James Tobin will not face further prosecution in a "phone jamming" case. Mr. Tobin, who was a regional GOP official, had been convicted of interfering with New Hampshire residents' rights to vote by jamming a Democratic phone bank in 2005, but his conviction was overturned. Prosecutors then pursued a false statements charge, but a judge has ruled that "A loss on appeal may occasion the consideration of new charges, but it cannot justify the government's decision to bring those charges. To rebut a presumption of vindictiveness, the government must offer more." Read more here in an AP story.
Marci Hamilton of FindLaw and the Cardozo School of Law discusses the British government's refusal to grant entry to Dutch MP Geert Wilders because of his views on Islam. "There is no question that Wilders's views are disgraceful and offensive, but the British decision is a serious blow to global liberty. Britain admitted that it acted as it did because it feared upheaval from the Islamicist community in response to Wilders and his far-right views. This is the epitome of the "heckler's veto," where those offended by the message are permitted to use their disapproval to prevent speech they do not like." Read more here.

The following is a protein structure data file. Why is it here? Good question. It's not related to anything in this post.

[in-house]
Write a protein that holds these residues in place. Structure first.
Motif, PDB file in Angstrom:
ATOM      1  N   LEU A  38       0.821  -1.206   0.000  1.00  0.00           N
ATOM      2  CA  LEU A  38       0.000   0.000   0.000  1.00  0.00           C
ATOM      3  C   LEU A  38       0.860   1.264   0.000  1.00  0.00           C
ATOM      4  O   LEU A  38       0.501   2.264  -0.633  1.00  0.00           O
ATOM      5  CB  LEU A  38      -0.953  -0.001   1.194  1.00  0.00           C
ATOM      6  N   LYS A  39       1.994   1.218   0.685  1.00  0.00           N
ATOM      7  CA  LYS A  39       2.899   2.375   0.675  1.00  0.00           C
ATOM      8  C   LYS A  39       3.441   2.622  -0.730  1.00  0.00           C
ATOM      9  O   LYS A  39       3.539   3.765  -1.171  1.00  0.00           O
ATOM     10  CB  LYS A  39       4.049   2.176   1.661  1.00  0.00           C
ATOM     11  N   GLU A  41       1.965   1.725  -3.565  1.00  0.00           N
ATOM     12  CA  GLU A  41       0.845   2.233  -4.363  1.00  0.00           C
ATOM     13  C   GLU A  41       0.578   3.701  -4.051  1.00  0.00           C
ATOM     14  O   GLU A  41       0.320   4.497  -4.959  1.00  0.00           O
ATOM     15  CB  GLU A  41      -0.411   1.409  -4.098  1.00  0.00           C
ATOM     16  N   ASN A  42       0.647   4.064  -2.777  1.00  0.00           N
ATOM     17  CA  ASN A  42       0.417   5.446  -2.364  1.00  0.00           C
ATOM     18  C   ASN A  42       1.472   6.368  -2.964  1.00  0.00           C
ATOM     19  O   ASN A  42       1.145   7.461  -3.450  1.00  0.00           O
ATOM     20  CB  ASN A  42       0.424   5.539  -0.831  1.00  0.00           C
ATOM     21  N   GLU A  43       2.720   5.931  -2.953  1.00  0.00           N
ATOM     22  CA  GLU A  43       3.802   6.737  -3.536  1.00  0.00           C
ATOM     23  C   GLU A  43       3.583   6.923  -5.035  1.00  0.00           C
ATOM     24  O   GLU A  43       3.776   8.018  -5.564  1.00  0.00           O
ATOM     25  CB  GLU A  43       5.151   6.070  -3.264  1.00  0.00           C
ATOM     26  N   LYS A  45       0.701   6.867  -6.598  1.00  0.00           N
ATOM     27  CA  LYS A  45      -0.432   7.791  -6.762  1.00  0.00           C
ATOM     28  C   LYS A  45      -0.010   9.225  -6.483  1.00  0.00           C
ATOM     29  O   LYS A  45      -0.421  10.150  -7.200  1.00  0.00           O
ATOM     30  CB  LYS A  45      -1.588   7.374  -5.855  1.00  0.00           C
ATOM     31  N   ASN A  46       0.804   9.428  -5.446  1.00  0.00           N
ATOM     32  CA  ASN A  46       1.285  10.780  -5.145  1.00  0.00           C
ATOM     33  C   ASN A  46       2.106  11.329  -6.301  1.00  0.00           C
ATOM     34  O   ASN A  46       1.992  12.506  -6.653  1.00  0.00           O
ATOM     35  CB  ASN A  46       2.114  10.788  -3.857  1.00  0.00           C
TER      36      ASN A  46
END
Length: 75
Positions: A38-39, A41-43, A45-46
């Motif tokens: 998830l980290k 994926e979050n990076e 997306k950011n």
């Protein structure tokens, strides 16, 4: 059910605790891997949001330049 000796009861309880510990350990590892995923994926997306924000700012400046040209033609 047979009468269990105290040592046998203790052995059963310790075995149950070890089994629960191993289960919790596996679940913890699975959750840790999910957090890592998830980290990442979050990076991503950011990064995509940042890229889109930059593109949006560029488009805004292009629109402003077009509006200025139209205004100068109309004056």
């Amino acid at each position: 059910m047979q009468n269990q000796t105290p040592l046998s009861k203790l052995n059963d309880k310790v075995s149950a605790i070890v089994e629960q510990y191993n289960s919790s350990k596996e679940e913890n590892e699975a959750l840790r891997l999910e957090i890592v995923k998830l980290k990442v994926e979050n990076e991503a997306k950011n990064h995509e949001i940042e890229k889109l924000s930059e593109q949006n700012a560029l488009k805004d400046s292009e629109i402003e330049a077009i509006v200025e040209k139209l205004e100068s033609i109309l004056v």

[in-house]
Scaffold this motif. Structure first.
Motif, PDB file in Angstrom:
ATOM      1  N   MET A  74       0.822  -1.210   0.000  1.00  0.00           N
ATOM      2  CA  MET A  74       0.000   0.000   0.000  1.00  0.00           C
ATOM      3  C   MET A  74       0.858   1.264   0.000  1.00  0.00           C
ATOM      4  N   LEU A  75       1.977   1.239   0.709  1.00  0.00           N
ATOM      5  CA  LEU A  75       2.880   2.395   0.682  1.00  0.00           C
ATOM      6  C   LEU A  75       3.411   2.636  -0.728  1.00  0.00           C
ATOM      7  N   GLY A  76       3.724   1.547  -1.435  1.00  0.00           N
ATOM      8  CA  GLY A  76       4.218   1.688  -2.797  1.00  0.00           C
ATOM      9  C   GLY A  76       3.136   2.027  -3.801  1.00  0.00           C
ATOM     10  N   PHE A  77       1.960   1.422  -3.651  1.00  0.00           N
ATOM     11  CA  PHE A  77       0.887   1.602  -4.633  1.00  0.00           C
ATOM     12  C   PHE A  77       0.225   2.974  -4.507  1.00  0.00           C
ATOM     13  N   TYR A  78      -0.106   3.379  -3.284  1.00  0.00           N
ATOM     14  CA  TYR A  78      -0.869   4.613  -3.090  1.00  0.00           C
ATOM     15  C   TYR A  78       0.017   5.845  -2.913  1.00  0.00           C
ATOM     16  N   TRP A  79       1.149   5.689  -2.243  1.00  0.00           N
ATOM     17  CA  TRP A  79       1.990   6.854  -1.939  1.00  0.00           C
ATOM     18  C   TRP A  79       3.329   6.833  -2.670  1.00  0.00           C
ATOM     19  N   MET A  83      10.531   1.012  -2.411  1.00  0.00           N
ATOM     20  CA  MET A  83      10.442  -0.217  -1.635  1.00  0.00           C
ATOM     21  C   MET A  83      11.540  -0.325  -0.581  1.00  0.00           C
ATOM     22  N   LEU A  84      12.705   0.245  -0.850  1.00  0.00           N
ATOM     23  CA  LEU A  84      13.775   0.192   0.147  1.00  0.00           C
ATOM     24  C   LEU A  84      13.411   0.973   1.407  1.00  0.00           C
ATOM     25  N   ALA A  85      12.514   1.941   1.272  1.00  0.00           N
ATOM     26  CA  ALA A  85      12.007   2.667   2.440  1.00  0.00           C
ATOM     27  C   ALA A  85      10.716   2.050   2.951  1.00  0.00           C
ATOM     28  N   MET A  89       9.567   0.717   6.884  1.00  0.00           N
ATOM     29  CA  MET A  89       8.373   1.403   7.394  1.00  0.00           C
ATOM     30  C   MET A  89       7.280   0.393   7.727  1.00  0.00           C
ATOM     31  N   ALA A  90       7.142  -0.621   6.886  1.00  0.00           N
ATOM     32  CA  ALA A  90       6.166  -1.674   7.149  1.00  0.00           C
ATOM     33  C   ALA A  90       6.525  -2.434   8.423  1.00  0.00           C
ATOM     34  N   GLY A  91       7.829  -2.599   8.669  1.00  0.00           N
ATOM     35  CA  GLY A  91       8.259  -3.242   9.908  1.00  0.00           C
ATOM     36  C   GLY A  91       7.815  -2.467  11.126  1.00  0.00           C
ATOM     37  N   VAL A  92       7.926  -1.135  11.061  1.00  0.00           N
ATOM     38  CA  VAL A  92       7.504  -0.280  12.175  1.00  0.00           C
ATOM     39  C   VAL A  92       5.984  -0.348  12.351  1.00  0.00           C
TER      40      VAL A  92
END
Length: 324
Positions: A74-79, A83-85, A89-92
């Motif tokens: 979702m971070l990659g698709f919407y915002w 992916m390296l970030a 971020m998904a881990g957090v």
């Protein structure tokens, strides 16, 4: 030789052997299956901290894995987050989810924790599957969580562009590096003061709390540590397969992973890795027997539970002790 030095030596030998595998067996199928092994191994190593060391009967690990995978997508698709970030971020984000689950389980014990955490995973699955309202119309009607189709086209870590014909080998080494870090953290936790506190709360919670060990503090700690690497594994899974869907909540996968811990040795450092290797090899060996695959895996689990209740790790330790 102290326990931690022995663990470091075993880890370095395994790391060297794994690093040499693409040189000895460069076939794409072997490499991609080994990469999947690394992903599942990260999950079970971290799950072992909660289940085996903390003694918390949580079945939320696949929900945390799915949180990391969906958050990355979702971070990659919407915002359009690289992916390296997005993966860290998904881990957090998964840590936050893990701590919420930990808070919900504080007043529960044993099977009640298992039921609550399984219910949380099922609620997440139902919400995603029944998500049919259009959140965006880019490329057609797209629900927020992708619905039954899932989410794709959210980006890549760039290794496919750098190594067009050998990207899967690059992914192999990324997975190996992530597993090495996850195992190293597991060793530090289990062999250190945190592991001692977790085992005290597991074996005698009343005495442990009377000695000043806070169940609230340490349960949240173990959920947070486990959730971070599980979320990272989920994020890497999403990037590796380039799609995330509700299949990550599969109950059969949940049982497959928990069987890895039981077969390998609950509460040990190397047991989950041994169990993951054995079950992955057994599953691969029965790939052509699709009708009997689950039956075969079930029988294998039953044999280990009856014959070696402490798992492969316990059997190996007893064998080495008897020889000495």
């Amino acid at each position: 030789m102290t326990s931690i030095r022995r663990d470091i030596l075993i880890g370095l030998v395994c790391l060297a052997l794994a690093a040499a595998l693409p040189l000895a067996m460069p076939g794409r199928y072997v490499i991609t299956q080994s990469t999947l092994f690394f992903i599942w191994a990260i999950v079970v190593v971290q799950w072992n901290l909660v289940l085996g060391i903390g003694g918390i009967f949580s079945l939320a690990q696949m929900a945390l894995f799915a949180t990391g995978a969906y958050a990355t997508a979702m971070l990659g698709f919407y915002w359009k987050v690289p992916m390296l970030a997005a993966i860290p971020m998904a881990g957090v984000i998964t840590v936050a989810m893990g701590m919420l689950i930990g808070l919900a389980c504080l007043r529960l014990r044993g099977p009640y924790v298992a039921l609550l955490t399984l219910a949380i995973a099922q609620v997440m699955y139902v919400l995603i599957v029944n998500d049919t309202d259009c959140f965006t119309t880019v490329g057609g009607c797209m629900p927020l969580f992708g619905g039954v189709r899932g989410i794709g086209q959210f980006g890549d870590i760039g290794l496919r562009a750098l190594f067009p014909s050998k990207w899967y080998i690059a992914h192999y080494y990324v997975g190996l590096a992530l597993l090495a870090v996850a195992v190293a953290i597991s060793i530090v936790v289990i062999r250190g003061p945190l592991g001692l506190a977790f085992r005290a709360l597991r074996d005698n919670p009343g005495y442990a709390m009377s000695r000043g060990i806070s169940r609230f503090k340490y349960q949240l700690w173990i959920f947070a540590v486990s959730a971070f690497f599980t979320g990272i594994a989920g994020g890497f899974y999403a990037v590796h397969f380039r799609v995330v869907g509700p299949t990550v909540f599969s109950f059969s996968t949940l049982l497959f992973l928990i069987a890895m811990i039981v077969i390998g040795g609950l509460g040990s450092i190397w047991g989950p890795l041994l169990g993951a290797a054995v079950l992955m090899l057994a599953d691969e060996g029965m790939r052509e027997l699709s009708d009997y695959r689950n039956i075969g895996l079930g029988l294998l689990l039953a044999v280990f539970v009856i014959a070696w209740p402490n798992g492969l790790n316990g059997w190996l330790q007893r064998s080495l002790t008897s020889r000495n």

Thursday, February 19, 2009
The FCC reports a spike in consumer calls to its phone center Monday and Tuesday, which seems linked to the switchover of some television stations from analog to digital signals. On Friday the 13th the center got some 11,000 calls, but on Monday it got more than 20,000 calls and on Tuesday more than 28,000 calls.
The Guardian reports on a new study that says the high cost of libel suits is "shackling" the media. "Conditional fee agreements are making defamation cases in England and Wales 140 times more costly than in the rest of Europe and may not be compatible with human rights legislation."
Such arrangements mean that newspapers may be effectively unable to act as the "fourth branch" of government in Great Britain.
The data showed that even in non-CFA cases (where there is no success fee or insurance) England and Wales was up to four times more expensive than the next most costly jurisdiction, Ireland. Ireland was close to ten times more expensive than Italy, the third most expensive jurisdiction. If the figure for average costs across the jurisdictions is calculated without including the figures from England and Wales and Ireland, England and Wales is seen to be around 140 times more costly than the average. The data also showed that common law jurisdictions are by far the more expensive jurisdictions in which to conduct defamation proceedings. This was exacerbated by the use of CFAs. Based on the collected data the study was able to identify costs factors, unique to the common law tradition, which partially explain (although they do not justify) the comparatively high costs in England and Wales. Although the collected data did not enable the study to pinpoint the precise underlying reasons for these costs increases in numeric, proportionate and interrelated values, it did give strong suggestions as to why England and Wales is the most expensive jurisdiction.